Problems with Verizon and the HTC Thunderbolt Nobody Talks About:
I rooted my Android within a week of getting it. Verizon pre-loaded the Thunderbolt with an amazing amount of crapware that they don't allow you to delete off their phone. Seriously bad software. That does nothing except eat tons of space in my memory store. Once I rooted the phone (similar to the jail-breaking process for the iPhone), I was able to delete that bloatware and regain my lost storage for other applications.
2. Say My Name, Bitch!
Of course there's a problem with rooting your phone -- and that's dealing with Verizon's never-ending attempts to force software updates down your throat and to your phone. Should you make the tragic mistake of leaving your phone "on" (which I do when sitting at my desk with the phone plugged into the charger) then Verizon assumes control of your phone by forcing your phone to accept updates over the network.
Since you've rooted your phone, said updates (which are image zip files stored to your cache) will not install after the download completes and the phone reboots itself. All without any confirmation or interaction from your part. Special, no?
When your phone reboots, you're presented with the broken-android symbol and you have to go into your root-tools menu to delete the cached files from your phone. This removes the forced-download and allows you to reboot your phone into it's previously rooted state. Of course, leave your phone on for too long and here it comes again!
There's no "off" switch to disable the forced downloads. Verizon's attitude, gleaned from the forums, is that: "It's our network. Suffer, bitch."
3. Random Reboots and Disappearing Apps
My co-workers claim that my phone re-booting itself (without an "upgrade" being pushed down) is because I rooted my phone. After reading the complaints about the HTC Thunderbolt out on the etherstream - I beg to differ. I think the HTC/Verizon mash-up operating system is just so crappy it crashes and forces a reboot. I've noticed that this happens when the network flips around a lot. I've also noticed it booting for no apparent reason.
What's also special is that apps just disappear off your phone following a reboot. Once your phone restarts, you have to give it several moments of 4G time to restore whatever apps it randomly deleted. Totally weird behavior. It's almost like using a Windows operating system.
4. I've Lost My Network and I Can't Get Up
Several times with this Thunderbolt I've noticed that I'm stuck in 1G mode. I try toggling the mobile network connection off/on to reset it, but it always comes back to the 1G network. This occasionally happens when it gets stuckin 3G mode as well. (Funny, I've never seen 2G...)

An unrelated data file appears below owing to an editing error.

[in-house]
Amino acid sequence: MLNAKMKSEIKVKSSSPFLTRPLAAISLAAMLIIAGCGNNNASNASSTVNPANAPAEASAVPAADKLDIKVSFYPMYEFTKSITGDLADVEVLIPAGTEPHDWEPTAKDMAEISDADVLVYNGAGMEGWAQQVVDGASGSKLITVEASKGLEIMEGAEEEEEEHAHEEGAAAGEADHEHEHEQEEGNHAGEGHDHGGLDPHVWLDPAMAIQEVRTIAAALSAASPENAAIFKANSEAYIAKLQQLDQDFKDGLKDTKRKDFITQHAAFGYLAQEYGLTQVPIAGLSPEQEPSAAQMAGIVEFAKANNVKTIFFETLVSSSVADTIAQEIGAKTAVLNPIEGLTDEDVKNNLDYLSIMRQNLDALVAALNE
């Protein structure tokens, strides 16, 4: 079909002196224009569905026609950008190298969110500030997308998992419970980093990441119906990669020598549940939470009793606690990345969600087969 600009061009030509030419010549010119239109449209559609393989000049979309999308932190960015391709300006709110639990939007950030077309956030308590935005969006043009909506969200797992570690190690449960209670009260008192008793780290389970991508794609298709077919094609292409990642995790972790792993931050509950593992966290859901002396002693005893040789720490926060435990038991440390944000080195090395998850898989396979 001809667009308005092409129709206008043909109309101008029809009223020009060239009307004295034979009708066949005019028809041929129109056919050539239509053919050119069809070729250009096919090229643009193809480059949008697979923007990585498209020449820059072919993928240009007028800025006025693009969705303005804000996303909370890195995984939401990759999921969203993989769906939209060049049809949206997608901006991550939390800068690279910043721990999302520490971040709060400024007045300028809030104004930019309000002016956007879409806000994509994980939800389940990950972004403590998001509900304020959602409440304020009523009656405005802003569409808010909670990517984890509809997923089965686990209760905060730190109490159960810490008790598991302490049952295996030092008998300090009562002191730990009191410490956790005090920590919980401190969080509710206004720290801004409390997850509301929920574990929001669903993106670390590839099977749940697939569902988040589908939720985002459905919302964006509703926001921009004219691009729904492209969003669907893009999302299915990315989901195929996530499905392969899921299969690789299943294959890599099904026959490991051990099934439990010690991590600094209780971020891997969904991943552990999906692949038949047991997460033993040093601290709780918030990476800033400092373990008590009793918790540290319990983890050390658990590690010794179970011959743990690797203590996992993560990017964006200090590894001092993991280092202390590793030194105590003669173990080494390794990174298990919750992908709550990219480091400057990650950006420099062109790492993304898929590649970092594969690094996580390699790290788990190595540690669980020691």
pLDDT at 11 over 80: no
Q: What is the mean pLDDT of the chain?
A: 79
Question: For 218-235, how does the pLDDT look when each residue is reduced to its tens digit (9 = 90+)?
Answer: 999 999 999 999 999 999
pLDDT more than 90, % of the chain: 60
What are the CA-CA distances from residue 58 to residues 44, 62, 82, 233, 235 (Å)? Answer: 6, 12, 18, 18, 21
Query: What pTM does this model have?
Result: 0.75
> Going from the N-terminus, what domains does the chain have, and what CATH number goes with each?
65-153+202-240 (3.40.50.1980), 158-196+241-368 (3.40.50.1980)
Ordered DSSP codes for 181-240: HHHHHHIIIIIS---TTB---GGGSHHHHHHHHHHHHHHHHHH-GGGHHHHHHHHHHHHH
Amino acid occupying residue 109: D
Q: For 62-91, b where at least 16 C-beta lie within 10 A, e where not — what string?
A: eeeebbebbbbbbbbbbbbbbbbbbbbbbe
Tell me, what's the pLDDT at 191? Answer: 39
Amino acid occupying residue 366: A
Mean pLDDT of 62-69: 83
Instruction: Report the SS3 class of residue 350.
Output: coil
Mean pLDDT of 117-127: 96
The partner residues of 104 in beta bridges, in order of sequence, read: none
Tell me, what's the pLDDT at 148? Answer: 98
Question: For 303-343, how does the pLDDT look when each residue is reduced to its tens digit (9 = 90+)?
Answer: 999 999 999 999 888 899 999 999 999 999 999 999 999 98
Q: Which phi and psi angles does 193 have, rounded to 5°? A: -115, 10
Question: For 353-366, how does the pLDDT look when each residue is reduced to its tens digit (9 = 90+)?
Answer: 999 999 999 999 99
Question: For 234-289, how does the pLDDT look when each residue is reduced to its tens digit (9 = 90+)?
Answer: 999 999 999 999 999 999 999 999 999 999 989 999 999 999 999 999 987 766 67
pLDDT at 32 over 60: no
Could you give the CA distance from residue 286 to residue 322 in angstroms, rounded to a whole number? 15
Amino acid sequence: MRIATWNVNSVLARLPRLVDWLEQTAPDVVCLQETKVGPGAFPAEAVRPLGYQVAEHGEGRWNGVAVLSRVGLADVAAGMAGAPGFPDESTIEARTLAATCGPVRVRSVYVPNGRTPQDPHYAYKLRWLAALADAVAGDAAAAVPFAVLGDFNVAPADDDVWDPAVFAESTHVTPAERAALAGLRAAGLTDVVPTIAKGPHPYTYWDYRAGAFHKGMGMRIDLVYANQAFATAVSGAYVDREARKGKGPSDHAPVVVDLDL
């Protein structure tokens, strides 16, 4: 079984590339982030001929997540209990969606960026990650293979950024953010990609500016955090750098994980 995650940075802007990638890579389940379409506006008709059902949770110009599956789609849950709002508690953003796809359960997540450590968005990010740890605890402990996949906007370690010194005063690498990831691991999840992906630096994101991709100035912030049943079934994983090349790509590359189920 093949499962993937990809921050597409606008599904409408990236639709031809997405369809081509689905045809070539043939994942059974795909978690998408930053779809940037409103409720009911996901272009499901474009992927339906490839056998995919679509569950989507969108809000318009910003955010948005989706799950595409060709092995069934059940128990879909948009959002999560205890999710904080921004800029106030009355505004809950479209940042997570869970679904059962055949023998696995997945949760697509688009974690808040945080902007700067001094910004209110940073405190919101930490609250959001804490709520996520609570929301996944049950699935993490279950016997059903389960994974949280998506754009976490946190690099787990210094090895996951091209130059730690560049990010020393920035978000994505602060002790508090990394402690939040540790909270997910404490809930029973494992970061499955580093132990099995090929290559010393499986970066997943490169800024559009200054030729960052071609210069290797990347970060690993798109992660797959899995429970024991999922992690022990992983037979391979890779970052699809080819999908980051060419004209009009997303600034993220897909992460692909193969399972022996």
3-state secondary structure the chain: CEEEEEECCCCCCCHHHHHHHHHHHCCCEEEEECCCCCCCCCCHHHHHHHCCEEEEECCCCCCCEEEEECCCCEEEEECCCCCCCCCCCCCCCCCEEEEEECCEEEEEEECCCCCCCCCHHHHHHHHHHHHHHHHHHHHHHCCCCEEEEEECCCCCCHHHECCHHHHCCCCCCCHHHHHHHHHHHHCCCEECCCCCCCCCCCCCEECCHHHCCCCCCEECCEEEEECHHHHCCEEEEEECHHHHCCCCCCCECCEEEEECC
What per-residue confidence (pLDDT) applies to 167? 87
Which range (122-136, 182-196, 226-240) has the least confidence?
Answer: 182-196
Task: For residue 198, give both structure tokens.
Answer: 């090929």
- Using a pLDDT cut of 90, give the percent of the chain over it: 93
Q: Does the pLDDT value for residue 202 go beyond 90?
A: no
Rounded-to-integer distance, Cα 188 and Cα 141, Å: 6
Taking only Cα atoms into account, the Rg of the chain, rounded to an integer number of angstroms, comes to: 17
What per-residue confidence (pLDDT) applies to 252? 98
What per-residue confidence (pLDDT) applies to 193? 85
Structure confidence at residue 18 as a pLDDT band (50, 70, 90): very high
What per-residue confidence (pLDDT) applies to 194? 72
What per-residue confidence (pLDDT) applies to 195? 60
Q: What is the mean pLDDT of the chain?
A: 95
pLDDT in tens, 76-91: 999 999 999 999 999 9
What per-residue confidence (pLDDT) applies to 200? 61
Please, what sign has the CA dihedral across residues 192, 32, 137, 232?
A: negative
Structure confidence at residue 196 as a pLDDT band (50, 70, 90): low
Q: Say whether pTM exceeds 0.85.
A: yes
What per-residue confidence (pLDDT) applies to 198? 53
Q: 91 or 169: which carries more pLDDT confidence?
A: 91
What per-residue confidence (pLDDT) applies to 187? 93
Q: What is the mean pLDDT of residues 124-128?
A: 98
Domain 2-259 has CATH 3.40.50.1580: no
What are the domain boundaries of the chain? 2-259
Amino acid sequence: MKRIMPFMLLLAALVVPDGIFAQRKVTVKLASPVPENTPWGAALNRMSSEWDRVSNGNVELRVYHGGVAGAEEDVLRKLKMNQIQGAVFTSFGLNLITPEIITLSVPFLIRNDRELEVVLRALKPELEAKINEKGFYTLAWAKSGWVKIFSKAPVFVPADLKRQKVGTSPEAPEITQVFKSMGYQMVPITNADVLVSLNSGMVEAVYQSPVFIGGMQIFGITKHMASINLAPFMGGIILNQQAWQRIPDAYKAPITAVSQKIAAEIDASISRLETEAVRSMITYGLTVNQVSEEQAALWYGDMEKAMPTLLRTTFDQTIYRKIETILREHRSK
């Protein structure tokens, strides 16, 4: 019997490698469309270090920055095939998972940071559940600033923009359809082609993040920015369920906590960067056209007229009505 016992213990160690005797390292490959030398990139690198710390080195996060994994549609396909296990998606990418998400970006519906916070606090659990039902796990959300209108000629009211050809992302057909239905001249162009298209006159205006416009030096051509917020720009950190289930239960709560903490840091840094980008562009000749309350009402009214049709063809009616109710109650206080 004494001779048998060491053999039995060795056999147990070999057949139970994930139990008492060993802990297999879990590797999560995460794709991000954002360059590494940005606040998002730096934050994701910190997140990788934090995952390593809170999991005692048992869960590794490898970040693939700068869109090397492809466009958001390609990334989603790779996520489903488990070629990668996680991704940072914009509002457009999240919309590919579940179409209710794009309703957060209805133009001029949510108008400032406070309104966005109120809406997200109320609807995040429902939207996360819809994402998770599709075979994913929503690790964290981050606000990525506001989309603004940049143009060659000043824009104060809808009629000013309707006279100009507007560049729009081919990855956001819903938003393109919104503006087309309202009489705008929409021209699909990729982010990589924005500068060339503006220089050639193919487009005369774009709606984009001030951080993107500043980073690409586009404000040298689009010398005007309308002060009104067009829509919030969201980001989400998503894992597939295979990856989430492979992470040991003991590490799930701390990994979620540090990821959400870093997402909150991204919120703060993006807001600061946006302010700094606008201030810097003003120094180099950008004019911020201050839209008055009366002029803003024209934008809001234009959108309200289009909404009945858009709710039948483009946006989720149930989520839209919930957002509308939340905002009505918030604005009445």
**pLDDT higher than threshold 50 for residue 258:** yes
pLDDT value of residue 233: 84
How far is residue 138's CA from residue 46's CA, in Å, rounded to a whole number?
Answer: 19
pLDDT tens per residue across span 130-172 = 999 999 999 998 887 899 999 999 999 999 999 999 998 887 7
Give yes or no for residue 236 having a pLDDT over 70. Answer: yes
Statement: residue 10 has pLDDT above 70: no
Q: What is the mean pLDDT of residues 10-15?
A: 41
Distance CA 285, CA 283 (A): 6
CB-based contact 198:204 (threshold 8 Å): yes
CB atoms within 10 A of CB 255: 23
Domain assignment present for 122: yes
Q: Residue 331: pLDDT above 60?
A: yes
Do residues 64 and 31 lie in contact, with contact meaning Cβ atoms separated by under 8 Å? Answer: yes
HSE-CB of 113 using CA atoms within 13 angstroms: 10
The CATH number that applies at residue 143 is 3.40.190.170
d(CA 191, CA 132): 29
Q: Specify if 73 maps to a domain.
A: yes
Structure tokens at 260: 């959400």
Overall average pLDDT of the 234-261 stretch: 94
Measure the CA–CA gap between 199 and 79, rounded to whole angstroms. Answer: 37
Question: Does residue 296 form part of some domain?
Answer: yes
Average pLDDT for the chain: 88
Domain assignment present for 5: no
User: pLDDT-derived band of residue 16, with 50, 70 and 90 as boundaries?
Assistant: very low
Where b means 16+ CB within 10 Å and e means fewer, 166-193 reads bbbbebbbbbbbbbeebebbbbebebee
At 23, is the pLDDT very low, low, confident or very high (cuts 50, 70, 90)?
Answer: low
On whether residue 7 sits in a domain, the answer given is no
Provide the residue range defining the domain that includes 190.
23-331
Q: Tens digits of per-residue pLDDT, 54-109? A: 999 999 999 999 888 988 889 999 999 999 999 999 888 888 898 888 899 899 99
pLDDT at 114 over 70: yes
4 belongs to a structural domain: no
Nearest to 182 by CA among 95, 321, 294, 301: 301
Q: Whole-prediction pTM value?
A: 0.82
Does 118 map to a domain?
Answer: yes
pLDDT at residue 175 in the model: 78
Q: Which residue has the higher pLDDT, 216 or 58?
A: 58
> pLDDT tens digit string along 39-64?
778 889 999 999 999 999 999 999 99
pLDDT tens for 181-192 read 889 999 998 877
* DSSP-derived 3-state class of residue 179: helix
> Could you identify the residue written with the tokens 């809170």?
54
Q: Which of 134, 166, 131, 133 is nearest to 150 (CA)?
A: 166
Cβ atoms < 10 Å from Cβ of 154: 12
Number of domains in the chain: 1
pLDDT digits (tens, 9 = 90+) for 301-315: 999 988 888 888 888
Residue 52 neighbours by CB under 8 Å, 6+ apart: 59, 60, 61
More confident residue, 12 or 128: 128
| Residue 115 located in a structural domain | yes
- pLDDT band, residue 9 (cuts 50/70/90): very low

The only way I've found to fix this problem is to force a restart. When the phone regains consciousness, it happily joins the 4G network.
5. Sucks like a Starving Vampire
Granted, the Gingerbread update is supposed to fix a lot of the issues with the HTC Thunderbolt's ability to drain your battery faster than a starving vampire in a blood bank. I even upgraded, spending about $50, for a uber-battery, doubling the phone's weight and thickness. It's worth it, though, having a battery that can last me on the train ride between San Jose and San Francisco.
There's entire web pages devoted to tricks and tips to prolonging the battery life on this phone all of which basically involve crippling, or at least diminishing, all of the features that justified the purchase of your phone in the first place.
I'm really hoping Gingerbread offers better battery life as, since I don't live in a winter-zone anymore, it's a shame to waste the hand-warming features of a rapidly depleting battery.
So...I un-rooted my phone so that I could get the Gingerbread update, replacing Froyo on this phone. I have no idea why it takes Verizon so long to roll-out these updates. Perhaps their visual basic programmers are having a hard time with all the Android unixey stuff. Who knows? I mean, you have to make sure that the user can't delete the fucking golf demo, right?
When Gingerbread was finally available for the Thunderbolt, the update lasted all of a day, if that, before Verizon yanked the update from the download stream. It was as if they were like: QA testing? We've heard of that... The update was so bug-ridden that it was disabling or severely-impairing phone functionality.
Now, as of yesterday, they're starting to push the Gingerbread update back out to the users. At a time when Google is announcing the Ice Cream Sandwich update (the successor to Gingerbread), Verizon, after one false-start, is now only 1 release behind on the operating system.
Tell me -- why am I paying premium rates for a phone Verizon and HTC can't keep current?
So, as soon as I come into a little cash, I think I will call Verizon customer services (snicker) and complain to them about this phone and their inability to provide a stable (or current) operating system platform. I'd like to negotiate them into a new Motorola Android phone...Verizon seems ti play better with Motorola -- timely updates, better hardware, non thermo-radioactive battery, etc.
I want to stay in the Google universe because everything works there. The iPhone is looking sexy -- but it's still not 4G...not yet...
I have an iMac 27" I7 -- I wanted to try this keyboard because I needed to recover space on my desktop. I run my iMac in Windows via Bootcamp quite a bit when I'm not working/coding to play games so it was important that his kb also work under bootcamp. When I unpacked the keyboard, I was instantly disappointed in the style and construction. It's not quite as small as the mac wireless keyboard, measuring almost 2" wider and about 1" wider. It also has a cheap feel to it -- there's something rattling around in the antenna housing and the keys are a die-cut plastic. On Apple kb's, the keys are smooth giving the kb an almost rubberized texture -- they're also solidly mounted so there's no "play" or travel in the keys. On the Azio, the keys feel tactically different and there's a ton of play in the keys -- it's almost like they're mounted on swivels.